What the PM announced:
As you will no doubt have seen, the Prime Minister announced a series of changes to a number of the government’s existing net-zero policies.
- Delaying the bans on the sale of new petrol and diesel cars, and on installing oil and gas boilers, to 2035.
- Granting an exemption on banning oil and gas boilers to households which will find it most difficult to switch to less-polluting alternatives.
- Raising the Boiler Upgrade Grant from £5,000 to £7,500
The Prime Minister also announced new measures aimed at helping the UK reach net-zero by 2050.
- A “fast track” scheme for planning permissions, available for certain major projects.
- Prioritisation of projects for grid connections.
- The new £150m Green Futures Fellowship to support scientists and engineers to develop new green technologies.
No detail was given on when and how changes to the planning regime and the national grid would be made. The Prime Minister also offered no analysis or evidence to show how the changes he announced will get the UK back on track towards meeting the 2050 net-zero target.
The Labour Party has announced that it would maintain the 2030 petrol and diesel car sales ban and would continue to require landlords and homeowners to meet new home energy efficiency standards. Labour has not yet commented on whether it would support the increased Boiler Upgrade Grant, nor whether it would support the exemption for some households to not have to replace their boilers.
After being tipped off to the announcement on Tuesday afternoon, we issued our first statement:
James Alexander, Chief Executive of UKSIF, said:
“Despite growing warnings from the investor community, the government continues to wobble on its climate commitments, damaging investor confidence and putting the UK’s economic future at risk.
“The UK has a strong record in tackling climate change, but any backwards steps will undermine confidence in our transition to net-zero, deterring investment away from the UK and putting at risk the jobs and growth that come with it.
“Transitioning to net-zero presents a huge economic opportunity, as leaders in the US, EU and elsewhere recognise, but ignoring investor invoices will only reduce the UK’s share of this global prize.”
This statement was picked up by several trade outlets and led to James being interviewed by the New York Times. He later appeared live on LBC, once again expressing our concern that the government’s lack of clarity and consistency is damaging investors’ confidence and risking the UK’s chances of beating other countries in the race to capture investment in sustainable projects.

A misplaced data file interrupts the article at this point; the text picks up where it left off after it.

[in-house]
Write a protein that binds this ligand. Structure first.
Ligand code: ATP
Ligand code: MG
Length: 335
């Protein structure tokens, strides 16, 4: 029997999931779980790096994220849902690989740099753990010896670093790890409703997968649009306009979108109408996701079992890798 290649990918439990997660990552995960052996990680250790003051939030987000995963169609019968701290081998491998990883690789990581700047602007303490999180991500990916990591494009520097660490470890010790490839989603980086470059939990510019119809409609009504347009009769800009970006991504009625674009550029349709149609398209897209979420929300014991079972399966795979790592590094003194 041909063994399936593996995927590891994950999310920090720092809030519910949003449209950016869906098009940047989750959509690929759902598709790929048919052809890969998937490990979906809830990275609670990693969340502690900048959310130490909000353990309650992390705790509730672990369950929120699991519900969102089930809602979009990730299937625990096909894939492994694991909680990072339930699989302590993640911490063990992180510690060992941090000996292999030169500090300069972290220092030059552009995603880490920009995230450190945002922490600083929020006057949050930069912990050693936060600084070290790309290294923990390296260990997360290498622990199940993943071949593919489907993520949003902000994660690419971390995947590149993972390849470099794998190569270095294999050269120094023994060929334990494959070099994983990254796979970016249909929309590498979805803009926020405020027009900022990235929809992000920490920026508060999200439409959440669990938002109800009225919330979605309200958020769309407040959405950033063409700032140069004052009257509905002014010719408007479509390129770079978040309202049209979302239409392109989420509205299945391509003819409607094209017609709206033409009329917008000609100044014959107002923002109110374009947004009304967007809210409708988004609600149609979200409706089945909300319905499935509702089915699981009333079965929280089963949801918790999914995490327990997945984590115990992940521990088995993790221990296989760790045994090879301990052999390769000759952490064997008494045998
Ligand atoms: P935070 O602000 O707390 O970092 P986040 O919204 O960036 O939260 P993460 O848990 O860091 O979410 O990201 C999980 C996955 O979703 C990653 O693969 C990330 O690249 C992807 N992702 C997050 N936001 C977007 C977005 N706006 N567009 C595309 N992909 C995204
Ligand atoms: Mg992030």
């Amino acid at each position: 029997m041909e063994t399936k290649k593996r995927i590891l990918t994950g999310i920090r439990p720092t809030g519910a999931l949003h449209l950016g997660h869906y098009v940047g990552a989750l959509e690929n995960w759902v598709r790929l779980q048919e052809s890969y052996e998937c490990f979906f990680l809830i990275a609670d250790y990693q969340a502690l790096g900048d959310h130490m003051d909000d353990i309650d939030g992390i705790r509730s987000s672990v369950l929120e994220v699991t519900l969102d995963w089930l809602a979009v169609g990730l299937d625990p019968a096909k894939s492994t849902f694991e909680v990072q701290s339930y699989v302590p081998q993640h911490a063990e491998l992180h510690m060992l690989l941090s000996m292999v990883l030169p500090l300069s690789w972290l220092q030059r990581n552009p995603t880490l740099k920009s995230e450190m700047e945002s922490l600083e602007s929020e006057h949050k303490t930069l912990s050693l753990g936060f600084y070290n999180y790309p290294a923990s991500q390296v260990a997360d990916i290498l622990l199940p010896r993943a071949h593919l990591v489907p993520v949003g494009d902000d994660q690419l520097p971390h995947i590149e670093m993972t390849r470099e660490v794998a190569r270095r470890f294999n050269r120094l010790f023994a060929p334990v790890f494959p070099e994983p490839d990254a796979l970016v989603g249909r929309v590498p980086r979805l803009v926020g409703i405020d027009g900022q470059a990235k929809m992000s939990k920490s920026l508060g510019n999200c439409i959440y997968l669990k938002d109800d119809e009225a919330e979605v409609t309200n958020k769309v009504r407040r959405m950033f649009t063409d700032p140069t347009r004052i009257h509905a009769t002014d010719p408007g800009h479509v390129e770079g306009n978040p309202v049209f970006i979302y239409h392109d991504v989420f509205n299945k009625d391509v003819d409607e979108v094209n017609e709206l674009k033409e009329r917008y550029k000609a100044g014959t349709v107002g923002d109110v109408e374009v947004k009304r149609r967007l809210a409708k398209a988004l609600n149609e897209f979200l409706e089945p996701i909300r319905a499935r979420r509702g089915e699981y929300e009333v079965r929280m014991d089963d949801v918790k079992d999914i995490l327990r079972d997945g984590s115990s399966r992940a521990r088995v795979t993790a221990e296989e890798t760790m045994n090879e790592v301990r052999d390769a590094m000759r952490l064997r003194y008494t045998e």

We also signed onto a letter to the Prime Minister co-ordinated by the think-tank, E3G, expressing businesses and investors’ “deep concerns” about the PM’s policy changes.
Following the PM’s speech, we issued our second statement:
James Alexander, said:
“When we are already falling behind our net zero targets, the Prime Minister has today announced that he will water these down further, with no economic or scientific evidence to show how this new approach will keep the UK competitive as a destination for green investment for decades to come.
“From electric vehicle production and charging infrastructure to cheaper renewable energy, tackling climate change and progressing towards a net-zero future presents huge economic opportunities for the UK, creating jobs, lowering bills, and further promoting our energy security.
“To achieve this, though, private investors need clarity and certainty from government to help finance the transition to a thriving and competitive low-carbon economy. The Prime Minister’s speech did not deliver, and as a result the government’s once-proud climate record, and the UK’s ability to reap the economic rewards that the transition can bring, are in real peril.
“While we welcome the PM’s commitment to making urgently needed improvements and changes to the UK’s power grid, it remains unclear how these changes will be delivered. There is no time to waste – The UK is already at risk of falling behind other countries who are forging ahead with huge incentives to accelerate net-zero investment.”